Protests began in Iran’s capital on Sunday, sparked by shop owners — or bazaaris — shutting their doors to voice their anger at the plummeting Iranian rial.
As the country’s economic picture worsens, the movement looks likely to pick up strength. But a toppling of the government is far from likely, according to analysts at risk consultancy firm Eurasia Group.
“Growing economic turmoil in Iran means protests will increase in frequency in the short term,” Henry Rome, an Iran analyst at Eurasia, wrote in a research note Tuesday. “Overall, even though some protesters shout anti-regime slogans, the demonstrations are very unlikely to threaten the government’s grip on power.”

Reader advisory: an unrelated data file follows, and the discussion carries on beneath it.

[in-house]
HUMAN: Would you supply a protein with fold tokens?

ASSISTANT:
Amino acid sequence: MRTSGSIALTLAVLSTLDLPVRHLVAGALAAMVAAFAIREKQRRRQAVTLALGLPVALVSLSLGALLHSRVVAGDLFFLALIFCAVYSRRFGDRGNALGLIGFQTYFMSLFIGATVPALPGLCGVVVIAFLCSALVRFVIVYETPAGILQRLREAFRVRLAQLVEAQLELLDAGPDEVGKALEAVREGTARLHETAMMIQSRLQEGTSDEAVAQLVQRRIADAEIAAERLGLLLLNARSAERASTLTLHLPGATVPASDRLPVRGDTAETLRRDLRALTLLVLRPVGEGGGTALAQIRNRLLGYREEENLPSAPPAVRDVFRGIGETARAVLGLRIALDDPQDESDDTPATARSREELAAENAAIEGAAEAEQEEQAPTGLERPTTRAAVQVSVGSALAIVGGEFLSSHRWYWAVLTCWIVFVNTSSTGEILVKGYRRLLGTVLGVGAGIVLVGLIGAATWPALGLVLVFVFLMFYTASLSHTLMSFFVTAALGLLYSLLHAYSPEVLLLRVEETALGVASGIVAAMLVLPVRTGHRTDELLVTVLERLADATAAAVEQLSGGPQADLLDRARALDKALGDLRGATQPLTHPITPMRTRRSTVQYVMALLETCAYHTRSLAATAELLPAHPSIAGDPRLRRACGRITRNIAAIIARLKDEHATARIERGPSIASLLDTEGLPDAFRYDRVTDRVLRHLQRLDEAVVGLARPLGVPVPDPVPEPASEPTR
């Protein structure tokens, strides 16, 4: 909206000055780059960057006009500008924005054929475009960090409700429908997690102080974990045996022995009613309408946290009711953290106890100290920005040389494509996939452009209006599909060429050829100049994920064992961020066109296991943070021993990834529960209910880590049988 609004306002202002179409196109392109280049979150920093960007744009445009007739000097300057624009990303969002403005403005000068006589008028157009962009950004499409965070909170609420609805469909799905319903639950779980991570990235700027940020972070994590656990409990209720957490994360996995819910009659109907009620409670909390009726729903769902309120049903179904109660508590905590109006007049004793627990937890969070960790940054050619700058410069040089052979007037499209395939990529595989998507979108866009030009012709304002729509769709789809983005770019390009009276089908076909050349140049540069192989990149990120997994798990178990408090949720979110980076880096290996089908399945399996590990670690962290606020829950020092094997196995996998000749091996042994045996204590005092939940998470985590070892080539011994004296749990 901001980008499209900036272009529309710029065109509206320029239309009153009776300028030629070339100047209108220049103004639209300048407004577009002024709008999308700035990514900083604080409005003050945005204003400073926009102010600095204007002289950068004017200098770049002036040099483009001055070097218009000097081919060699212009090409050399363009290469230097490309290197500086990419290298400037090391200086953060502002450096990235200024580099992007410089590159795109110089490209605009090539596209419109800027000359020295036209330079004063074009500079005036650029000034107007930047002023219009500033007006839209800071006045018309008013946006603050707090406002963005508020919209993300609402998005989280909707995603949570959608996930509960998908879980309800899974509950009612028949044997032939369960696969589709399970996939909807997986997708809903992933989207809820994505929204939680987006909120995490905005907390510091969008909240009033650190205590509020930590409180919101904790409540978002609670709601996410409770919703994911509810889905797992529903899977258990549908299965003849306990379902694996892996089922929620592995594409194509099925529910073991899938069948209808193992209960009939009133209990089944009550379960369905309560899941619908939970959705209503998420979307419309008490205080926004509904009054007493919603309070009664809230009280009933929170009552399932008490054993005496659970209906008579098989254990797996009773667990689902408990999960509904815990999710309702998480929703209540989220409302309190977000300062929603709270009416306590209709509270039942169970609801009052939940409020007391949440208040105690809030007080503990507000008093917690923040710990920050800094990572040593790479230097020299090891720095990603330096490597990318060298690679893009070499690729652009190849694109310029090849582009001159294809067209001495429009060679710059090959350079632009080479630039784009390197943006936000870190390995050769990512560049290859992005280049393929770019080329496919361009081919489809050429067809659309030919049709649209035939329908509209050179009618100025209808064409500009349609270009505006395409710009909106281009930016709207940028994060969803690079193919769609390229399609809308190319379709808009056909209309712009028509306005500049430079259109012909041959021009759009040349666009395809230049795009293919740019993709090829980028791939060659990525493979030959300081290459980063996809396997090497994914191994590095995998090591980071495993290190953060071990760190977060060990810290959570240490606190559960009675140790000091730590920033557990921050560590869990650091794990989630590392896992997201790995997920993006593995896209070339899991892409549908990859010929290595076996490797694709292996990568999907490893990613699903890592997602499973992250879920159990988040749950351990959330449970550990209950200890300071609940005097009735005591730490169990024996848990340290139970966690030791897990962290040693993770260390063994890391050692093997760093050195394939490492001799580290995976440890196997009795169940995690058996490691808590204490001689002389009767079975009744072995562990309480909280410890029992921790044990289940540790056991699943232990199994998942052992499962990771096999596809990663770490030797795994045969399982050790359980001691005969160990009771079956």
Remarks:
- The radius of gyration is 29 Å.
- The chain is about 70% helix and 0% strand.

On Sunday, the rial plunged 15 percent to IRR 89,000 against the dollar on the black market. Since the U.S. withdrawal from the Iranian nuclear deal on May 8, the rial has lost more than 40 percent of its value.
Business owners marched toward parliament and were blocked by police; shop closings and some demonstrations then spread to at least six more cities.